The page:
Of one thing there is no doubt: the journey from being a very bright child to becoming a well-rounded, well-adjusted and sociable very bright adult, is not without its challenges.

    Because although many children see the very intelligent pupil in their school as having a great advantage, those very bright children do not always become the well-rounded and happy adults that we might imagine, given their intellectual advantage.

    Indeed, it is not uncommon for the intelligent child at times to wish that she or he was not different, but instead could simply fit in and be like all the rest.

    As a result, to understand how best to aid and support very intelligent children, it is necessary to see what it is that can cause them difficulty at school, and from that point, how they can best be helped.

    Part of the problem is that our societ

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  7. 2021 May Newsletter
    26
    May

    2021 May Newsletter

    Recently the CEO of a major UK publishing house said in a radio interview that his company published a broad selection of views and it wasn’t their role to espouse a particular view.

    The same can’t be said for Brilliant Publications, at least when it comes to education. We have very firm ideas about how children learn. Our mission statement says that we create easy to use resources, with engaging approaches to learning, so as to inspire and motivate pupils across a wide range of curriculum areas. These values underpin everything that we do.

    Our recent title

    Our most recent title, How to Achieve Outstanding Writers in EYFS and Key Stage 1 is an excellent example of how we put our mission statement into practice. The National Curriculum puts grea

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  8. Exciting grammar
    23
    May

    Exciting grammar

    Is it really possible to make English grammar exciting, fun, enjoyable, and varied?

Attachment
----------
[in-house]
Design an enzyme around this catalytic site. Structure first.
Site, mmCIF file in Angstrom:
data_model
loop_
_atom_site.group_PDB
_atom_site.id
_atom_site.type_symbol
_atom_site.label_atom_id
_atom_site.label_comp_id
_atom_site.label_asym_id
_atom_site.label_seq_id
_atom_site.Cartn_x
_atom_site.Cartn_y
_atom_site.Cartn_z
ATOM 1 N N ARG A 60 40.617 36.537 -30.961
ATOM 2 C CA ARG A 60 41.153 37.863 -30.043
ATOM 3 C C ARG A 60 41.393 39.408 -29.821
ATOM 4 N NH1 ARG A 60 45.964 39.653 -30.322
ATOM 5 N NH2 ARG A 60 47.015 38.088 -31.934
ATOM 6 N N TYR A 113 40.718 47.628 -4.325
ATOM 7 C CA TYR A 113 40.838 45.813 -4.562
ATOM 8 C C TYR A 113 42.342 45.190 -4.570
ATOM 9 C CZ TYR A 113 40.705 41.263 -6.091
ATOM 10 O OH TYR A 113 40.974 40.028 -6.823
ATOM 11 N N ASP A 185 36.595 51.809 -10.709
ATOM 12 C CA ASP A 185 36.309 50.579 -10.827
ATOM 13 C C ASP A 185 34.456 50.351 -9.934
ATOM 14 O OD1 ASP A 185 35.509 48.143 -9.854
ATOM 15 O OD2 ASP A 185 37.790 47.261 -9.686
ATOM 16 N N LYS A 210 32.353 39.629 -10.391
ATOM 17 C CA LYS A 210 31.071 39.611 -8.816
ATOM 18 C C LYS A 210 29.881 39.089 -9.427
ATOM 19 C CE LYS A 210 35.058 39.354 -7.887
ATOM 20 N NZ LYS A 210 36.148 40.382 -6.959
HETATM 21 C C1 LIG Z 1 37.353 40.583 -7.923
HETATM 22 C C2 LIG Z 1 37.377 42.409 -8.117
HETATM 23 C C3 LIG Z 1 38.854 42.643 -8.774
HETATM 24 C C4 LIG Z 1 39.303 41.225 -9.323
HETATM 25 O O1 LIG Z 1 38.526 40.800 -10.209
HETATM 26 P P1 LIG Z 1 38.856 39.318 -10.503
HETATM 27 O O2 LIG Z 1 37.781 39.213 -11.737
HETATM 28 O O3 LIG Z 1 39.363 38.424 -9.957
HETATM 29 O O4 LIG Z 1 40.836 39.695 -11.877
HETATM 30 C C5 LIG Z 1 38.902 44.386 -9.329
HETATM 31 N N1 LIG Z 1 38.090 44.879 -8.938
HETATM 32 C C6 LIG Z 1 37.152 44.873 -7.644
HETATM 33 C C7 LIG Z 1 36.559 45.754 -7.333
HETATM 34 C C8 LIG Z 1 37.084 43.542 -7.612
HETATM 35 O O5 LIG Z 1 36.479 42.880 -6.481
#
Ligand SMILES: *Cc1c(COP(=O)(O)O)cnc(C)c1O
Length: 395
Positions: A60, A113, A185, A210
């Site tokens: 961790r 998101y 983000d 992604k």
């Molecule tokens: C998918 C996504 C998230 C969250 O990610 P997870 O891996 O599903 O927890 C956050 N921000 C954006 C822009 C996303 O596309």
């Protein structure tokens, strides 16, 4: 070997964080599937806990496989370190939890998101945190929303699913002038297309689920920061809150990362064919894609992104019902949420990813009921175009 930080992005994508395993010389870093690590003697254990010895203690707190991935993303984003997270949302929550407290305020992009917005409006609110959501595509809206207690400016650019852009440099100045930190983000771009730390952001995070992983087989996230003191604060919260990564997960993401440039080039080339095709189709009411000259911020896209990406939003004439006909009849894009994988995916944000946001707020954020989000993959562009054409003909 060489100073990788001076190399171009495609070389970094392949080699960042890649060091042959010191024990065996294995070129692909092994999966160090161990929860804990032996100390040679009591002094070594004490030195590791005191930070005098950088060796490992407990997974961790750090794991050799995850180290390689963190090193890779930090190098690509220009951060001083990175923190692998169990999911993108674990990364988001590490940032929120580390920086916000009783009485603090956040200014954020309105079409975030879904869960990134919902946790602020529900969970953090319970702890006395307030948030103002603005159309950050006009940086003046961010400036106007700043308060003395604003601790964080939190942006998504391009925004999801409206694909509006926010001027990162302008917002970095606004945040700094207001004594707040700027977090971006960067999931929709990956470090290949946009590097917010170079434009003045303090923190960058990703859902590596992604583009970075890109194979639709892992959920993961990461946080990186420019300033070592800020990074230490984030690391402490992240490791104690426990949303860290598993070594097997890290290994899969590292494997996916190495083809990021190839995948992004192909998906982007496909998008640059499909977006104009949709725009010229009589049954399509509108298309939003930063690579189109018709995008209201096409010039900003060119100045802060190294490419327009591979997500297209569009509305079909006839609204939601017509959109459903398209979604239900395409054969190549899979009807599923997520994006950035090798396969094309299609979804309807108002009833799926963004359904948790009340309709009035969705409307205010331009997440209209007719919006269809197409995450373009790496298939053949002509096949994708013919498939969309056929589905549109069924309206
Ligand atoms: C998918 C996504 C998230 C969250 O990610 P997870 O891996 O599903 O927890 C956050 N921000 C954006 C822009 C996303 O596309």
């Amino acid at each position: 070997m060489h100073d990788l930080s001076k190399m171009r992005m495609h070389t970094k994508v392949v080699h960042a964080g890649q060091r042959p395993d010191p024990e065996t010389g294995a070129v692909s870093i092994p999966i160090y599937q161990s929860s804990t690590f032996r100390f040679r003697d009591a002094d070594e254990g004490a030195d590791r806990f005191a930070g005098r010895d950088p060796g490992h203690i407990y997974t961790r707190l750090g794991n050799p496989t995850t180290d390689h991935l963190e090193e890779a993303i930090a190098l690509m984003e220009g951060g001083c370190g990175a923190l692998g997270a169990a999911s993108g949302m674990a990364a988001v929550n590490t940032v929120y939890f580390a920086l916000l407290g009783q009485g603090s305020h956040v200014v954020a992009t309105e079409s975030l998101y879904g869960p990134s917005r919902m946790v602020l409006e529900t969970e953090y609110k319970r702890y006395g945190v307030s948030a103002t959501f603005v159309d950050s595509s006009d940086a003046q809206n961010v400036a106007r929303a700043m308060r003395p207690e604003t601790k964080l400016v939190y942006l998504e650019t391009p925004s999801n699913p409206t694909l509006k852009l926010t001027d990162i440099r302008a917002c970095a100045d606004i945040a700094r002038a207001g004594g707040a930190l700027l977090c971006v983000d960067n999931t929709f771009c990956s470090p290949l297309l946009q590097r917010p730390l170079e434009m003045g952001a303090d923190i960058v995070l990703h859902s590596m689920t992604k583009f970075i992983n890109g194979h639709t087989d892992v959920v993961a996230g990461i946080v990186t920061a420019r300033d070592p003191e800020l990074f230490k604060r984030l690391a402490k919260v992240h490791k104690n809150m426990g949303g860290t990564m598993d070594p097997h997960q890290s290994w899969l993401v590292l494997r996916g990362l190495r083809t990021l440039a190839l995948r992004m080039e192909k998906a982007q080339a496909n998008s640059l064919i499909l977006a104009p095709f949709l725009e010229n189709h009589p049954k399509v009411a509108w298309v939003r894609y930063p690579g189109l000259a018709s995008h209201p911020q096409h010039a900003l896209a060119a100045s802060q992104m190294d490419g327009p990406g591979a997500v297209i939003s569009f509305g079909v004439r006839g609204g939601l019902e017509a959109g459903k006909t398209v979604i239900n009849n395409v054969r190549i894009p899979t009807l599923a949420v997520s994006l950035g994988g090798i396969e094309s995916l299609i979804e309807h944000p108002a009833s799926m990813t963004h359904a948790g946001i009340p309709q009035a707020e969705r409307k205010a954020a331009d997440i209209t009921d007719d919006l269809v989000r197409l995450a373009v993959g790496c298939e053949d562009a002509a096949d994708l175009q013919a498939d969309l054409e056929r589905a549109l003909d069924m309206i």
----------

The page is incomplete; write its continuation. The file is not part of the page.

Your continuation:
By and large, English grammar tends to get a bad press.

    For a lot of everyday speech, and indeed a fair amount of contemporary literature, tends to play fast and loose with correct grammar which can make children wonder why they have to learn any grammar at all.

    After all, most of us can speak and be understood…

    However, as many people do come to realise, if we want to be listened to and have our written communications read and understood, we need to express ourselves both clearly and in an interesting way.

    Thus, perhaps more than with any other subject in the curriculum, the image of grammar really needs to be changed.  The only question is, how to do it?

    This is the task the author of “Getting to Grips with English Grammar” has put at the forefront of her course; a course which covers English grammar from year one to year six in

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  9. One man, two people, accessible to all
    20
    May

    One man, two people, accessible to all

    What is the most effective way of allowing lower ability students the chance to fully appreciate Jekyll and Hyde?

    Jekyll and Hyde is a story that appeals to vast numbers of teenagers, not least because so many of them find the notion of becoming someone else an incredibly exciting idea.

    For such a vision allows them to imagine that they are not trapped by their current circumstances but could change themselves into something and someone totally different…

    However, many lower ability students never get to appreciate the story because of the difficulties they have with reading.  Which is why we have produced a Graphic Revision Guide to The Strange Case of Dr Jekyll and Mr Hyde.

    Indeed, this Graphic Revision Guide not only gives the students immediate access to the book, it also prepares them for their forthcoming assessments. 

    The graphic sheets enable the students both to grasp the story and its themes, and to underst

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  10. Be calm.  Hold the vision.  Breathe.
    14
    May

    Be calm. Hold the vision. Breathe.

    Many primary school children are suffering from anxiety and stress.

    Not only does this condition have a negative effect on the child’s wellbeing, but it also impacts on their ability to learn.

    For, as anyone who has ever experienced anxiety and other stress-related issues will attest, in such a situation the mind tends to focus completely on the anxiety-giving issue and is not open to any input from elsewhere.

    But there is a technique that many schools are now using to help children to relax and reduce their stress levels.  What’s more, it is a technique that can benefit all children – both those suffering from anxiety and those who are not.

    The approach involves introducing them to visualisation. The calming effect this brings can help to ease their anxiety and also help them to develop their creative thinking skills.

    It can also ensure that others who do not have anxiety will be able to cope with it more readily should